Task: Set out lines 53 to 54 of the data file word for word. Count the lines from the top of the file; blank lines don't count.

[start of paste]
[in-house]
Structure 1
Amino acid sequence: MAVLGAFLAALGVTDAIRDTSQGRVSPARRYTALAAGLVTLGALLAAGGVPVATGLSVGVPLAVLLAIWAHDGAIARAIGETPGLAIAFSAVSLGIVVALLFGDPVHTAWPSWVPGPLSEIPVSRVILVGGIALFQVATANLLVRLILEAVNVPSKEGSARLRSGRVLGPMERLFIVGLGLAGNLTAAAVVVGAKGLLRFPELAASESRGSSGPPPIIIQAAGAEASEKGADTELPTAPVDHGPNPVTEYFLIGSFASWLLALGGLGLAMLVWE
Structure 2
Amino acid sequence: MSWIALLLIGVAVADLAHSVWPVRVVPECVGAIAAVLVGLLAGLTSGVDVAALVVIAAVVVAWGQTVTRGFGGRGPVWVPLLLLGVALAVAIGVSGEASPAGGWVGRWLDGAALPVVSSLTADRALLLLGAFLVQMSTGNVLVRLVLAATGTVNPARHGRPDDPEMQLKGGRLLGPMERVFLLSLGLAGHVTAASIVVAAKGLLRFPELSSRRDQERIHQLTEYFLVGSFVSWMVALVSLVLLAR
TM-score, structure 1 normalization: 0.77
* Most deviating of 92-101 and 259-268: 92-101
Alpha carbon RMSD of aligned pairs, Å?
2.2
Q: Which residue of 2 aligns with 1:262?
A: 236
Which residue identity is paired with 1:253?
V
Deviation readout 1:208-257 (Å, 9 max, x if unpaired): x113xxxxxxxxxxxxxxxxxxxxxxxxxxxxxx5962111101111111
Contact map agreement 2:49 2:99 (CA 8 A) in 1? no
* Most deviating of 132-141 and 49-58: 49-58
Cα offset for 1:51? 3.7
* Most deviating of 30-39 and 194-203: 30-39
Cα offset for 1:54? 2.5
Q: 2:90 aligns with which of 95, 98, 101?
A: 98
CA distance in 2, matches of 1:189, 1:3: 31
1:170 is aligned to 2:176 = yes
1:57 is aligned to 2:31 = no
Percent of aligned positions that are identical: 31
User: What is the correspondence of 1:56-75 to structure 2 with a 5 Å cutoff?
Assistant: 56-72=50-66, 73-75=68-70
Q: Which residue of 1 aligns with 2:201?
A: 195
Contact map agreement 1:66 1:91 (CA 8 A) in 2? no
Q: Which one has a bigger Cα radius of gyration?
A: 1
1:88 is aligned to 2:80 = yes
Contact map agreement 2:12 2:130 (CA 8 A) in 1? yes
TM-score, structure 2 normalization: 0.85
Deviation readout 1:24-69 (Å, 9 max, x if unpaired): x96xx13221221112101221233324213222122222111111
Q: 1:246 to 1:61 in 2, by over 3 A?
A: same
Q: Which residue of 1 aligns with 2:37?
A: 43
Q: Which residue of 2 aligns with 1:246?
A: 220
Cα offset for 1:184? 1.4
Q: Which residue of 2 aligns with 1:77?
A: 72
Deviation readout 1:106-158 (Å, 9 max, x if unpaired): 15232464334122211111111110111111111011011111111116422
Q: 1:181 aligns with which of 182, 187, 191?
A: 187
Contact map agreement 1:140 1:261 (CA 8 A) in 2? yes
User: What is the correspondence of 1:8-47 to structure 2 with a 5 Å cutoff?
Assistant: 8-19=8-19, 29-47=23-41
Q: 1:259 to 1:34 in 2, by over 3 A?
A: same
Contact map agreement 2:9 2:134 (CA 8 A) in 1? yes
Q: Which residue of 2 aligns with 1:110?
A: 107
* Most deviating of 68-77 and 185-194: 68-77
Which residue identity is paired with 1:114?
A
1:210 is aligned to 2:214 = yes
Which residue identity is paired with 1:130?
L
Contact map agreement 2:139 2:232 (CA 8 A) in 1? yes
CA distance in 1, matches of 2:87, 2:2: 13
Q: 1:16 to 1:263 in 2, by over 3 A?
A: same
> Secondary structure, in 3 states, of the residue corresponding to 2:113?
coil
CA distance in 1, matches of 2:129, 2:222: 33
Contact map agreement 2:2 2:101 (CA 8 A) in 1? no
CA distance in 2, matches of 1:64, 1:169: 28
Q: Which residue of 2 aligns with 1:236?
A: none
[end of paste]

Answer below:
A: same
Contact map agreement 2:9 2:134 (CA 8 A) in 1? yes